Praise is what I do. (Notice the change from “we” to “I”?) “Selah.” “Say it!”

4. Praise God by telling your story.

The psalmist continues, “Come and listen, all you who fear God; let me tell you what he has done for me. I cried out to him with my mouth; his praise was on my tongue” (Psalm 66:16-17). Praising God, and telling others what He has done for you, go hand in hand. Your story is more important than anyone else’s. Your story may be the one story someone else needs to hear. If you keep it to yourself, that other person may never hear of the grace and goodness of God. When you praise God by telling your story, you give someone else the courage to believe.

Praise is what I do.

5. Praise God through repentance.

That’s right! Repenting of your sins and wrong doings is one way to praise God. The psalmist writes, “If I had cherished sin in my heart (if I refuse to confess my sins and repent), the Lord would not have listened; but God has surely listened and heard my voice in prayer” (Psalm 66:18-19, parenthesis added for explanation). This is a hard truth to grasp, but it is truth nonetheless: If I have unconfessed sins in my life, God is under no obligation to pay attention to my prayers. The prophet Isaiah proclaimed, “Surely the arm of the LORD is not too short to save, not his ear too dull to hear. But your iniquities have separated you from your God; your sins have hidden his face from you, so that he will not hear” (Isaiah 59:1-2). A life of praising God by continual repentance is of the utmost importance. When I praise God through repentance, I am reminded of His goodness, grace, and mercy.

Praise is what I do.

6. Praise God for the love He has shown you by answering your prayers.

After admitting sins could keep God from hearing his or her prayers, the writer immediately praises God for answering his or her prayers. Psalm 66 concludes, “Praise be to God, who has not rejected my prayer or withheld his love from me!” (Psalm 66:20) God’s love for us is never ending. When I praise God for answering my prayers, I am reminded of His great love for me.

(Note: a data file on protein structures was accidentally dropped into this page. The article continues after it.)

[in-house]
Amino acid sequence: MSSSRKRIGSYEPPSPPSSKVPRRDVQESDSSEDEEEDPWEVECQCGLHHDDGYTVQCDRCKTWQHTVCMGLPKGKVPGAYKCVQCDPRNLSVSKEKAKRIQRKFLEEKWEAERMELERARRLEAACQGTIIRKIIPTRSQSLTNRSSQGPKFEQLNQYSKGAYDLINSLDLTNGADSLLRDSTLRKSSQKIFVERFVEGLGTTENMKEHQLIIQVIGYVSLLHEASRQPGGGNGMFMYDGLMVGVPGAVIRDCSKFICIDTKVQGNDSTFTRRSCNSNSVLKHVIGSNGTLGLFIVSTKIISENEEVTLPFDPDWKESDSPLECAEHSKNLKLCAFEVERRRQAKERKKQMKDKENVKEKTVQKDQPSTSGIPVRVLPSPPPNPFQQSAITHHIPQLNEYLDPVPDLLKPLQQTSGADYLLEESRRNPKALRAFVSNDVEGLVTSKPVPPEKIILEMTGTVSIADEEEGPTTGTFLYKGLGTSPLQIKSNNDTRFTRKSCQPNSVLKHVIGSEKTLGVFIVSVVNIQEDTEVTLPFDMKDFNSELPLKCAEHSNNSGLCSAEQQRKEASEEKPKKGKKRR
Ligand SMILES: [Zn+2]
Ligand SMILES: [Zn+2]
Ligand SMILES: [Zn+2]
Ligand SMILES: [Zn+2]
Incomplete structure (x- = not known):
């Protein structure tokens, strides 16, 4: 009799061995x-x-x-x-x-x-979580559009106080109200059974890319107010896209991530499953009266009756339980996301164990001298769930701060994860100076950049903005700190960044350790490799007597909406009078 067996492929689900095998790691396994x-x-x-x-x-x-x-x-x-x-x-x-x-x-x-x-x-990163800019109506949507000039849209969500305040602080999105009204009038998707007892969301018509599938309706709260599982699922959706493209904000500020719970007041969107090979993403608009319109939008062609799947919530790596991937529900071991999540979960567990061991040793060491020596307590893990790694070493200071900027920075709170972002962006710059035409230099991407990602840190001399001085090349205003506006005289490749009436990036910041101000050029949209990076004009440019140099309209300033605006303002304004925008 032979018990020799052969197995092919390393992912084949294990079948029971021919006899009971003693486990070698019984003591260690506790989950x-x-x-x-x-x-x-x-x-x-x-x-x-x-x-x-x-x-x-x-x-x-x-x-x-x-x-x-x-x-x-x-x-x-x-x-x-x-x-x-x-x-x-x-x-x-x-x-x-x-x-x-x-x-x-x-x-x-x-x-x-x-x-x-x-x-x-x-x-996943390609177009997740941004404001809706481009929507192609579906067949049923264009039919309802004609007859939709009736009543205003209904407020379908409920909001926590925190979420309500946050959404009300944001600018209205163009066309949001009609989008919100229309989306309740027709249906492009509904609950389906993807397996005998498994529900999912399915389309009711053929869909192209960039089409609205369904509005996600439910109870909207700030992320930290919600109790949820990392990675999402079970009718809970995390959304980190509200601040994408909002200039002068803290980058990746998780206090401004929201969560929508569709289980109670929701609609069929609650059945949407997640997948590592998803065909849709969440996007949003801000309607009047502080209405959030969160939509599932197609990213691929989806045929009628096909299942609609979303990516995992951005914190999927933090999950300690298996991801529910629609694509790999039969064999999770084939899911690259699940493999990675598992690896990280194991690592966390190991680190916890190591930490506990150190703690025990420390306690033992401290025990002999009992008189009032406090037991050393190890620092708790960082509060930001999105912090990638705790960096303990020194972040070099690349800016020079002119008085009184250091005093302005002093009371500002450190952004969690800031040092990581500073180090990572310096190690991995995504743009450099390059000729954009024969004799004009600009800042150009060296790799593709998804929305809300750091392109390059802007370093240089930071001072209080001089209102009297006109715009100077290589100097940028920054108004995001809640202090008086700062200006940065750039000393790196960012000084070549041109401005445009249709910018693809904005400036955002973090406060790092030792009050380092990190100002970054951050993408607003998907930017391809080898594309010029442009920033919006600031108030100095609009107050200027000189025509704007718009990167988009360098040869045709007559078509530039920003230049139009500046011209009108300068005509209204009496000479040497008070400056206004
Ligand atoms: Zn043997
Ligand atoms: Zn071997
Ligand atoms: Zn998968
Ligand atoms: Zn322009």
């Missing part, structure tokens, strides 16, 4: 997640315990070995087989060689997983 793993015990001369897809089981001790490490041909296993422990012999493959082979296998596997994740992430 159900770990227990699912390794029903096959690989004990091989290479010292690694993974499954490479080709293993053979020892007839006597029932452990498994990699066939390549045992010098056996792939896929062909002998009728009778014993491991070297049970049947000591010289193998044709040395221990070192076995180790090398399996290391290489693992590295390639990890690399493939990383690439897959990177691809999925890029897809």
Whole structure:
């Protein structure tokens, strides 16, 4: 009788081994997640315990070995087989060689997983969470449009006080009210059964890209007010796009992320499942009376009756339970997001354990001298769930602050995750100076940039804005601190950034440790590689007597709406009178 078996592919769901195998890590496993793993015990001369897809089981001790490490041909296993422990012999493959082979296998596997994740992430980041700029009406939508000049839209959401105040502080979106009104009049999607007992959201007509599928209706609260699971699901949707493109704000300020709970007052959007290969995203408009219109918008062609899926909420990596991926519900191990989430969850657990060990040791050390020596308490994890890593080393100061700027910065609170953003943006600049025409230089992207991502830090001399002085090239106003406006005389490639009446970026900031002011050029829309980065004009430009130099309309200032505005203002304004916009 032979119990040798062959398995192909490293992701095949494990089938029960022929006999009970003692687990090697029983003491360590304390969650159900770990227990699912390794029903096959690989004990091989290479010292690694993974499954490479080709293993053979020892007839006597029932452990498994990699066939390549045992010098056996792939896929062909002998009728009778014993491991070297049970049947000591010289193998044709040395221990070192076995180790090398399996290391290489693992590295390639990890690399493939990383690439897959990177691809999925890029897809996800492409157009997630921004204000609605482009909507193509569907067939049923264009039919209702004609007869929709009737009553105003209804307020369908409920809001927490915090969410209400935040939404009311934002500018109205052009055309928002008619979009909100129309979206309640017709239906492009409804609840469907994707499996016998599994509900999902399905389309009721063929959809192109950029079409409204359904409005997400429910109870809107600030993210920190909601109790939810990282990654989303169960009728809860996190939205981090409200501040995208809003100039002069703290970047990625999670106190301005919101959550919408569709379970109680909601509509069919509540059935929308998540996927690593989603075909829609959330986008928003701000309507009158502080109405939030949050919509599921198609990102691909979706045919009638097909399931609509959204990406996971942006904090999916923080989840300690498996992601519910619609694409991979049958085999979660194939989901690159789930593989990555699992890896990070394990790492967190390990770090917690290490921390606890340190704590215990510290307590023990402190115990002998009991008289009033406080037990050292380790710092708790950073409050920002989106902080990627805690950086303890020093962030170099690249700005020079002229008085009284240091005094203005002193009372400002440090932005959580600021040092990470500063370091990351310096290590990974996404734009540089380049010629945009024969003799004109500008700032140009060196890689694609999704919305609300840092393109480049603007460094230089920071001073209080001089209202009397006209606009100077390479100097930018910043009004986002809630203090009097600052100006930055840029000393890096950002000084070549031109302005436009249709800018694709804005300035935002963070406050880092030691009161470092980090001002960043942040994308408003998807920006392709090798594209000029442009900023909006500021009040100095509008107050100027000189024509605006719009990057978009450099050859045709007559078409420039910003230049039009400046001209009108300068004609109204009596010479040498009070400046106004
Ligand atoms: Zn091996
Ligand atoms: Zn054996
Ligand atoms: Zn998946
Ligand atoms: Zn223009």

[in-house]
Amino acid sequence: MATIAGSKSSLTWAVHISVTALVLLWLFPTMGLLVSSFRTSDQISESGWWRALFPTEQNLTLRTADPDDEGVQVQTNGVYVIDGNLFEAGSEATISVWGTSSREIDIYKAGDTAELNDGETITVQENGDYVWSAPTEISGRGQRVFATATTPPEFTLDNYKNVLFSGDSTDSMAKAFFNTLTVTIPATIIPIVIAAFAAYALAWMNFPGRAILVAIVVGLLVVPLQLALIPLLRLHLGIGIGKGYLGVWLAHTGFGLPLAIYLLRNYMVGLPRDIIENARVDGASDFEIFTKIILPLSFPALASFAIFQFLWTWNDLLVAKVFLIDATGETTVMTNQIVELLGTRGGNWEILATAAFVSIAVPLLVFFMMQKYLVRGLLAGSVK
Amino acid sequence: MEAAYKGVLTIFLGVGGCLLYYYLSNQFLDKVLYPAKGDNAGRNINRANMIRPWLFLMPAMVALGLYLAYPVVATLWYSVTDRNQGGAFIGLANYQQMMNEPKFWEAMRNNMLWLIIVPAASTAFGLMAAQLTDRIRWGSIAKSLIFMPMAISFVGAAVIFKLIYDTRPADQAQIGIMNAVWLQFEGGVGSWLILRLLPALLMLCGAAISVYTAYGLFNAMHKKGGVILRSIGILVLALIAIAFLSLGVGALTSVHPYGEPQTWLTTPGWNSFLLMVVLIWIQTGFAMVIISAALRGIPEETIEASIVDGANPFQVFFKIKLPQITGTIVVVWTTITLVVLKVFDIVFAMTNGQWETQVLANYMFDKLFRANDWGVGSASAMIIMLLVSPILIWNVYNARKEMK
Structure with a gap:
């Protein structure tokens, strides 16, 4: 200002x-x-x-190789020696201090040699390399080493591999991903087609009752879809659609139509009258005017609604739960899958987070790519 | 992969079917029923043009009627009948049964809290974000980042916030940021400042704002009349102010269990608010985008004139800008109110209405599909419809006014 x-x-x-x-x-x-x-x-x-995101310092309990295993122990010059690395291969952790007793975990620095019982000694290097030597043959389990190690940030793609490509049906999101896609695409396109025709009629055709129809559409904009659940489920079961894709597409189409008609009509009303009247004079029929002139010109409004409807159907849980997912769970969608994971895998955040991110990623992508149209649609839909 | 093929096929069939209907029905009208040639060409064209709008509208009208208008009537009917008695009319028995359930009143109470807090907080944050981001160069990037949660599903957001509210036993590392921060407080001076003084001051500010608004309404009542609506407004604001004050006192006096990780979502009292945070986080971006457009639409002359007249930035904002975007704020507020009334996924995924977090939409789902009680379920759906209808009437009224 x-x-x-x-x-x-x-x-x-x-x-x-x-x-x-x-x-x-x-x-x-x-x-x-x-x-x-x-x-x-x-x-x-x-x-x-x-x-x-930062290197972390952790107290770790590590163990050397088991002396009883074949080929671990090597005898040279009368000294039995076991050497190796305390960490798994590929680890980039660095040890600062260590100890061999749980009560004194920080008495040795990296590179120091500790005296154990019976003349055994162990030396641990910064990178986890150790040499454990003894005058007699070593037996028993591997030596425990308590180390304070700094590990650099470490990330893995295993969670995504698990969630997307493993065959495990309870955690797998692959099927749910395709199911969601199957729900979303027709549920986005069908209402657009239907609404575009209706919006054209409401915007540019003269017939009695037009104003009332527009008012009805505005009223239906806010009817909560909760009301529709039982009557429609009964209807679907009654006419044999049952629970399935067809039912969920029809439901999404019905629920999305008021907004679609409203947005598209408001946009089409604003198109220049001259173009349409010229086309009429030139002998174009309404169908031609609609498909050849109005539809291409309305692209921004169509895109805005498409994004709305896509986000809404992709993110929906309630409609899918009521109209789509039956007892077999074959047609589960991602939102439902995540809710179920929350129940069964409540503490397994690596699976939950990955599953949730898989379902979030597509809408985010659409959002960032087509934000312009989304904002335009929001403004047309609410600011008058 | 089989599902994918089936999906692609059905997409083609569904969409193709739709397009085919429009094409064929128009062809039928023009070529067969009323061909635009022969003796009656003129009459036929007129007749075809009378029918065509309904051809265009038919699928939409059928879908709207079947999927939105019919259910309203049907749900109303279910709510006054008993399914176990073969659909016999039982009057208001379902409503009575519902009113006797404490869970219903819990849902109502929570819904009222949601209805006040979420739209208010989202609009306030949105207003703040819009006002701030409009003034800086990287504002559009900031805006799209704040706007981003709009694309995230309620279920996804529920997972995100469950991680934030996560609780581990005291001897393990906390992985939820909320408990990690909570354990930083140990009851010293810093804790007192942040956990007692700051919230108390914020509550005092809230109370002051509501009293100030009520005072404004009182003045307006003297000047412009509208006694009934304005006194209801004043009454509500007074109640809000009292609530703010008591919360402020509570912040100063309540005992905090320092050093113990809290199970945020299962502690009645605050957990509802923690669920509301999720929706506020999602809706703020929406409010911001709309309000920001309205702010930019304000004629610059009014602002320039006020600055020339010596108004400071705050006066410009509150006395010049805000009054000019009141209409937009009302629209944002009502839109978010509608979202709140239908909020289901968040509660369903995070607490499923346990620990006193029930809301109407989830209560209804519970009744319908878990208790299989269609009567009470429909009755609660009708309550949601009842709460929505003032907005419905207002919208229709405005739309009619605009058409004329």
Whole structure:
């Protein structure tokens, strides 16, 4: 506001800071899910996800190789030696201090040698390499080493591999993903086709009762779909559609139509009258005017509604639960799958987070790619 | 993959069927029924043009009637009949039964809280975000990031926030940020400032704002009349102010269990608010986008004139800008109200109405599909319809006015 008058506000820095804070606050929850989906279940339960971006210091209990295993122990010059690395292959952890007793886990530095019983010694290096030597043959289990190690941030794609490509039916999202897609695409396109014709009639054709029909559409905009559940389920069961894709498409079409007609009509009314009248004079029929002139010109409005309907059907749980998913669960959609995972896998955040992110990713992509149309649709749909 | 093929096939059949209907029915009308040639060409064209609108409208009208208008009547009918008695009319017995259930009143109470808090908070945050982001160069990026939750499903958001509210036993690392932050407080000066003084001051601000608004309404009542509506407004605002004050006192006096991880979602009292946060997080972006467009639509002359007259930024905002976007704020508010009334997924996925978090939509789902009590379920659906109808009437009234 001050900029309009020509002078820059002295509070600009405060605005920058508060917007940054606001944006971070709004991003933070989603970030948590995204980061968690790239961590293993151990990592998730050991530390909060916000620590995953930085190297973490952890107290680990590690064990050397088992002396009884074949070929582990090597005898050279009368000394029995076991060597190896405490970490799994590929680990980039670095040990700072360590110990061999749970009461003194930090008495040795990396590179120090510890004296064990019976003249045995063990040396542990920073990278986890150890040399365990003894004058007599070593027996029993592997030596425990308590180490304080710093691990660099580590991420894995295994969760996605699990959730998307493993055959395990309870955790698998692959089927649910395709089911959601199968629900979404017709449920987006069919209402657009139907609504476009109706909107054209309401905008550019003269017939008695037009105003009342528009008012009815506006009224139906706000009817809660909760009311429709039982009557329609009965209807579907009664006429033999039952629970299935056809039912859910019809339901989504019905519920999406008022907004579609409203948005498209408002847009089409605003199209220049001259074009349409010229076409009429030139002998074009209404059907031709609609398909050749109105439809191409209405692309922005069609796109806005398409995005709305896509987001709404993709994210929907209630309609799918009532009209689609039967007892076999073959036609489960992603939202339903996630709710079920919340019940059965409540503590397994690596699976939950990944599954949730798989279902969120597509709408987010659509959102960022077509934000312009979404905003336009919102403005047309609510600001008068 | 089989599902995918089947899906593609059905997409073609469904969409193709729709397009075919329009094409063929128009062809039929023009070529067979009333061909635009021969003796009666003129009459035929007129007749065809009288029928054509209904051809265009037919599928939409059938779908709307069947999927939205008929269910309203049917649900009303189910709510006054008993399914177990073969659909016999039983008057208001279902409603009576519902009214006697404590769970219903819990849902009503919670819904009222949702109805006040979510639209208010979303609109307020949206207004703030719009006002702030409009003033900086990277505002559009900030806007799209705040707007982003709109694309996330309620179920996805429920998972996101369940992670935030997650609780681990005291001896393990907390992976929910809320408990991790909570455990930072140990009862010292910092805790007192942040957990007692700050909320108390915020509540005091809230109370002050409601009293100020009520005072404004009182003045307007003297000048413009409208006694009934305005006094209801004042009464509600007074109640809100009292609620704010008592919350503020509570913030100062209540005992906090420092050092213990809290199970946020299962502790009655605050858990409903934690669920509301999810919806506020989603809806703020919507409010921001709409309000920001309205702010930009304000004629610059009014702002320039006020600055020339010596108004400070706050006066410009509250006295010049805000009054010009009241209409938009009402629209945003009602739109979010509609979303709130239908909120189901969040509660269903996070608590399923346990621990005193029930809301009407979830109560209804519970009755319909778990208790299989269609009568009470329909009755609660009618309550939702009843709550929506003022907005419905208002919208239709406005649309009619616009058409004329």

Praise is what I do.


Once upon a time there was a king who went hunting with his friend. As the king shot the arrow, something went wrong, and he ended up losing his thumb. His friend said, “Praise God because He’s in control.” The king was furious and threw his friend in the dungeon.

Some time later, the king was hunting again and ventured into an unknown land. Suddenly he was surrounded by cannibals. They tied him up and were ready to cook him when they saw the hand with no thumb. “Since you are not perfect, we are not going to cook you,” said the chief, and they let him go.

He went back to his friend and apologized, saying, “You were right. Not having a thumb saved my life.”

His friend said, “Praise God that I have been in the dungeon for so long.”

“How can you praise God for being unjustly imprisoned?” the king asked.

“If I hadn’t been in the dungeon, I would have been hunting with you. And look: I have two thumbs.”

We don’t praise God because we feel like it. We praise Him because He said to, because it’s good for us, and because when we do, He does great things. (From, https://www.hotsermons. com/sermon-illustrations/sermon-illustrations-praising-god.html.)

Praise is what we do!

We praise God both corporately and individually.

We praise God at all times in all situations.

Praise is what we do!


About Pastor Kevin

I am a husband, father, pastor, teacher, scuba diver, reader, bike rider, that order.